Insight and opinion

Understanding website performance

Everyone wants a fast website, and although you may be limited by finite resources, improvements are always out there. Let's understand what makes a fast website and avoid common pitfalls, as well as reaffirm the importance of speed to ourselves, and clients.

The importance

You may be under the impression that your website doesn't need to be faster, or you're building a website that you believe is fast enough. That may well be true, depending on your target demographic, your efforts could be adequate to serve your content efficiently to your favourite users.

If you're of this opinion, consider what brought you to it. Have you developed your website with a strong foundation of knowledge, about what devices your users have, how fast their connection to your server is, how long they would wait for content to load before bouncing?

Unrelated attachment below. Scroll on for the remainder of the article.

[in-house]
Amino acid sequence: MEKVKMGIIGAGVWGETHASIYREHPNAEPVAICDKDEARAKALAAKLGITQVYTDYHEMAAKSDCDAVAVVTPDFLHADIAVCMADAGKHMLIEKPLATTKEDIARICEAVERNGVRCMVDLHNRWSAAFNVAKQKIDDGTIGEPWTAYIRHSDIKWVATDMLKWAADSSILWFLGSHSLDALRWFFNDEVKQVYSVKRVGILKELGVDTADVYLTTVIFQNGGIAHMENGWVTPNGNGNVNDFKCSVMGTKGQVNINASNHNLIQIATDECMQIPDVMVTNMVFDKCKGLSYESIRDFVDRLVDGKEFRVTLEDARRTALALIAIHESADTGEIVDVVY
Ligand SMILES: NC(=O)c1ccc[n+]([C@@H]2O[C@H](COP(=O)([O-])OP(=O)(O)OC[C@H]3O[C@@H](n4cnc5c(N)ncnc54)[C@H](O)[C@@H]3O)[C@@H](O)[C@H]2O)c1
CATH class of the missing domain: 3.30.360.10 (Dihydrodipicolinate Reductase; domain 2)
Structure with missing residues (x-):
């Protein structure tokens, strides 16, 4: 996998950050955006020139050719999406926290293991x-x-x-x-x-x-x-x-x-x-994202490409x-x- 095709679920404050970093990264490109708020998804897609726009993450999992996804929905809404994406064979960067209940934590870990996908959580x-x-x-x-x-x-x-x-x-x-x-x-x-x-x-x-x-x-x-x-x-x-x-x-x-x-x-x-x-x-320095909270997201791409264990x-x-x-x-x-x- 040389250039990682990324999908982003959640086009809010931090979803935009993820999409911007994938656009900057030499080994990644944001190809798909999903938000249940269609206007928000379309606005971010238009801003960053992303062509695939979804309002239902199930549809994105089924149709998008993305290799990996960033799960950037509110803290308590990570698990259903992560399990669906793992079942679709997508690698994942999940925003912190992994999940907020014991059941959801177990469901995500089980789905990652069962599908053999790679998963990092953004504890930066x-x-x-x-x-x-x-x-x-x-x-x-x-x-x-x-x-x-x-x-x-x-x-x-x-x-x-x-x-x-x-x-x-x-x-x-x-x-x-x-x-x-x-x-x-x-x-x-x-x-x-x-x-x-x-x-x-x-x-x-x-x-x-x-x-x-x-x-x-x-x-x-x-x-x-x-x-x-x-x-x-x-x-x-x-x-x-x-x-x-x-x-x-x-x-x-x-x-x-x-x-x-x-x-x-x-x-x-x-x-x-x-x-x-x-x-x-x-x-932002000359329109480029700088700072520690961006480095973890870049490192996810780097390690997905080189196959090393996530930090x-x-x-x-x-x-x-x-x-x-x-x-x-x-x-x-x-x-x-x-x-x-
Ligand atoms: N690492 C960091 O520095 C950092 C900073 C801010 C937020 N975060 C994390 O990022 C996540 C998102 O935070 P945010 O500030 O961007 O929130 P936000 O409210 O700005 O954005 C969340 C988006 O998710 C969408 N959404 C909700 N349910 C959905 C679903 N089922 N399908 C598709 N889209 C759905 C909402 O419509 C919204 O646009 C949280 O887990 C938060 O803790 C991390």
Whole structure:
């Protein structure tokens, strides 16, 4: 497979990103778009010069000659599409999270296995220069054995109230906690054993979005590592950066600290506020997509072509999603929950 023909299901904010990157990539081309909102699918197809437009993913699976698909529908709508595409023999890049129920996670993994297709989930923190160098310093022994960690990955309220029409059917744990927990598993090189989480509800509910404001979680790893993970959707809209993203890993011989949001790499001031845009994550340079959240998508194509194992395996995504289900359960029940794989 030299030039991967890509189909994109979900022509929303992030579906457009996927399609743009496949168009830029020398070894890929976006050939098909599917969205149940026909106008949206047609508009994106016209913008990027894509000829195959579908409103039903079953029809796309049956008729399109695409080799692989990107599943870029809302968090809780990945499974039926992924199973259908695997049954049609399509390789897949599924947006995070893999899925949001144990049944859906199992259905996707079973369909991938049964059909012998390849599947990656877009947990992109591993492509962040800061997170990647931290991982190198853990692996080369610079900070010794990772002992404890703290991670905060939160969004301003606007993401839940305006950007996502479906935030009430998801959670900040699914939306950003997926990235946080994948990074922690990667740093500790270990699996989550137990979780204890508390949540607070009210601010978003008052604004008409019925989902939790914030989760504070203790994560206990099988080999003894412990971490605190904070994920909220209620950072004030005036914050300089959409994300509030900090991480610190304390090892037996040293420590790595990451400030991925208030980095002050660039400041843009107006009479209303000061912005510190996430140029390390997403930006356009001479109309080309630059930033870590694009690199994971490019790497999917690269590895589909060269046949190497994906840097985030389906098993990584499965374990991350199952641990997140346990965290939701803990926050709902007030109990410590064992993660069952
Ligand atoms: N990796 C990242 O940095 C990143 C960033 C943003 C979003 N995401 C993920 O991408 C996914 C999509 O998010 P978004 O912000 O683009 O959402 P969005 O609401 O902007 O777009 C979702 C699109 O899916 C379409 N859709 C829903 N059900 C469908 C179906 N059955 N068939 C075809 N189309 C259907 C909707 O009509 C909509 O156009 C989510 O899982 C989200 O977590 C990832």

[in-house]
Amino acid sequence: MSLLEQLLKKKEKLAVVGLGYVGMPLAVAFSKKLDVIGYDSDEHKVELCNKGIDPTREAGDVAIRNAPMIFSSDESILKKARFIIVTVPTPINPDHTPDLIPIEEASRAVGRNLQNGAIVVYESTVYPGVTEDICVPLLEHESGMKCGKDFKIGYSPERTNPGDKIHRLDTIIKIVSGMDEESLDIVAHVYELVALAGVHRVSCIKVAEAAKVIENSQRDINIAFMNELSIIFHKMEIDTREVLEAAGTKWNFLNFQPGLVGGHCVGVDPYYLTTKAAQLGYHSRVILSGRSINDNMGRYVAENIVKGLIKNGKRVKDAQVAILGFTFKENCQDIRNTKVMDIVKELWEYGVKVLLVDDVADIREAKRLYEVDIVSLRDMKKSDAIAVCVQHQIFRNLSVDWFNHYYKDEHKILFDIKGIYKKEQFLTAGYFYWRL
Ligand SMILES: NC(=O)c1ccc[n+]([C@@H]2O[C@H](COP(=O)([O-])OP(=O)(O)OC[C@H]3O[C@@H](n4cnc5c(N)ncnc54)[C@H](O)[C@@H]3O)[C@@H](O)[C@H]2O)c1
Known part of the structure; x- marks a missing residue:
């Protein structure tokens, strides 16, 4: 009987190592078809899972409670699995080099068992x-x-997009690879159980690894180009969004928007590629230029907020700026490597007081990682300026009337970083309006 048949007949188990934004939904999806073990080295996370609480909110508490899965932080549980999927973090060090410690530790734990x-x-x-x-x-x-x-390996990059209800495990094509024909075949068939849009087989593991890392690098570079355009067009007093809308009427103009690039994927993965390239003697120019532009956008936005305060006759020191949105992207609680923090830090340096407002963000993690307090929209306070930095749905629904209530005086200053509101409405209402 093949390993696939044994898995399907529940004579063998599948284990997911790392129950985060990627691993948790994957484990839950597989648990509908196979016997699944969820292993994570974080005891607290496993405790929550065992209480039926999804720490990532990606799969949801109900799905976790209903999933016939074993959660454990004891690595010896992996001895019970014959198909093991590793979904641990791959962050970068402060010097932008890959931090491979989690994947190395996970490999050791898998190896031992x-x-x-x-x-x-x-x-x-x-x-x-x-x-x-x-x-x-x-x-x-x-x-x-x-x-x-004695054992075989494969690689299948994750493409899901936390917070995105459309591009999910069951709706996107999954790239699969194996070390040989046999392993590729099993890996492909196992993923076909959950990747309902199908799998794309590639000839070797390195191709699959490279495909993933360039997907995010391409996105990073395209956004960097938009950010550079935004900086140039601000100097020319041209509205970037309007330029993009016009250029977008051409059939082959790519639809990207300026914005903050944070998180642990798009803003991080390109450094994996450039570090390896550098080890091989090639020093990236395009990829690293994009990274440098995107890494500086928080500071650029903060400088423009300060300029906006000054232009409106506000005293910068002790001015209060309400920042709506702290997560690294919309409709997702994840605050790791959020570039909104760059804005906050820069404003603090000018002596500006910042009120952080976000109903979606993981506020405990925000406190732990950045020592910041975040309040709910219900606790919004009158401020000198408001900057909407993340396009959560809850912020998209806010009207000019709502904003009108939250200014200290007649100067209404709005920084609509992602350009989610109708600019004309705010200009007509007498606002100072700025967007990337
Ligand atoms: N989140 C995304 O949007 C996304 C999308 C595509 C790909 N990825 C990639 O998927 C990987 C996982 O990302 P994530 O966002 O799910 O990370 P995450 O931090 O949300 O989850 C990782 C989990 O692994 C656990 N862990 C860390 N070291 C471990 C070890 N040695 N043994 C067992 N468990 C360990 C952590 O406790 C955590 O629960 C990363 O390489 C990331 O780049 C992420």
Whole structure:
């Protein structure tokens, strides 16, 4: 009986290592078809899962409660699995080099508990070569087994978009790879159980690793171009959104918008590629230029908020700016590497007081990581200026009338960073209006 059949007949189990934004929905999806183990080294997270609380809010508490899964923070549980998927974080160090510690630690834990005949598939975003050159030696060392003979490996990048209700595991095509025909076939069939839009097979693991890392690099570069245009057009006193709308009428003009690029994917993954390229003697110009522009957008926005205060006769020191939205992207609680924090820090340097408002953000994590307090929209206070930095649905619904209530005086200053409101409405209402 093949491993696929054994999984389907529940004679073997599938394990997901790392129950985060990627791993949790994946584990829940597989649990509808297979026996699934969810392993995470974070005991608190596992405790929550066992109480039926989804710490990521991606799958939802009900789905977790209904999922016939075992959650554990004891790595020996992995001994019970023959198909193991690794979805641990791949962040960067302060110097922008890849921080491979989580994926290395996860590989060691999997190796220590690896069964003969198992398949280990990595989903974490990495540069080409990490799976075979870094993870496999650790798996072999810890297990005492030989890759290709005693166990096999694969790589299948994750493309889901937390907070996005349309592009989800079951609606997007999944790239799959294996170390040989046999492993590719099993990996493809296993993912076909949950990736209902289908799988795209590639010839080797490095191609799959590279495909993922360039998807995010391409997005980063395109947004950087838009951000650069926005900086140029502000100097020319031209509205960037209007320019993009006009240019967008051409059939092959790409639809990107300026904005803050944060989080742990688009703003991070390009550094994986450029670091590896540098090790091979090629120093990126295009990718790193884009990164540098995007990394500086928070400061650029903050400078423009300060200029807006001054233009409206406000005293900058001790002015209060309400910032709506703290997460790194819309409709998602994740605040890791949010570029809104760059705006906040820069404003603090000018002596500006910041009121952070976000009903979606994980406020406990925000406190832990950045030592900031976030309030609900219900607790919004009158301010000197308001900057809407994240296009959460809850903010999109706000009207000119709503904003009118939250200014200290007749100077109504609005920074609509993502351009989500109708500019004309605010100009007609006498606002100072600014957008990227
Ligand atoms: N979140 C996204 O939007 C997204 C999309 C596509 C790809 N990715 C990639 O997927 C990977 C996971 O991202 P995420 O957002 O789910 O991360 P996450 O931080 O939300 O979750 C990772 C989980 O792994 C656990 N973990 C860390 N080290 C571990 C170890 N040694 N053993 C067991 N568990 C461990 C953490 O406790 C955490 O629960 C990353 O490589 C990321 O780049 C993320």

It's a simple fact of business that to decide where best to invest your resources, you need as much tangible data as possible to inform such decisions. To give a better idea of the benefits of simply improving your page load speeds by a few hundred milliseconds, we can take a look at the objective data available at Here's a few of my favourites:

  • BBC has seen that they lose an additional 10% of users for every additional second it takes for their site to load.1
  • 53% of visits to mobile sites are abandoned after 3 seconds according to research from Google's DoubleClick.2
  • Zalando saw a 0.7% increase in revenue when they shaved 100ms off their load time.3

With this in mind, we can add much more substance to our arguments that performance matters to more than just your demographic outliers.

"2 seconds is the threshold for ecommerce website acceptability. At Google, we aim for under a half second."

Maile Ohye Google

Start as you mean to go on